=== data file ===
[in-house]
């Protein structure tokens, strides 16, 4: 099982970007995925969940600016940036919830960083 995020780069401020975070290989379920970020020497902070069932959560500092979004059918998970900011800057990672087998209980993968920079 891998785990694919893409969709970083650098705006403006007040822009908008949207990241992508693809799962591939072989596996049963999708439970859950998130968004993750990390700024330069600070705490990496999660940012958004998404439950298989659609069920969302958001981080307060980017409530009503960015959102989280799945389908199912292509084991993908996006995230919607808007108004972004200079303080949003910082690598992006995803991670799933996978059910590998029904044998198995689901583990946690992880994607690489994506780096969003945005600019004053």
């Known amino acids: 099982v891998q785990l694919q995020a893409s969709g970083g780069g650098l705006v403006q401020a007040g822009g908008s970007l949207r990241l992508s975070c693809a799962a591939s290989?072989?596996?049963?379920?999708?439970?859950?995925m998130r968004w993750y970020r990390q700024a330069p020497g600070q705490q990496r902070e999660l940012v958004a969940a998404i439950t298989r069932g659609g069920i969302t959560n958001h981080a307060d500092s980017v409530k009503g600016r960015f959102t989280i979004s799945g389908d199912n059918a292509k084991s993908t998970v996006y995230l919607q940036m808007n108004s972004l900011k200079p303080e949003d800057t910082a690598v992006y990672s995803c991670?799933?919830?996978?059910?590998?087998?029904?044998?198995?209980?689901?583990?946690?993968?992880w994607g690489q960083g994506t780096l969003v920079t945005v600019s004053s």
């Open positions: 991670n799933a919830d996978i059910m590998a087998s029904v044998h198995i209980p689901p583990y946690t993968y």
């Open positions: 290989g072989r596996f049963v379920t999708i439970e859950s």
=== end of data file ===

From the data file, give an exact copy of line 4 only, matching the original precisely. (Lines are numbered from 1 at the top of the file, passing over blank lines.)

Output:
């Open positions: 991670n799933a919830d996978i059910m590998a087998s029904v044998h198995i209980p689901p583990y946690t993968y």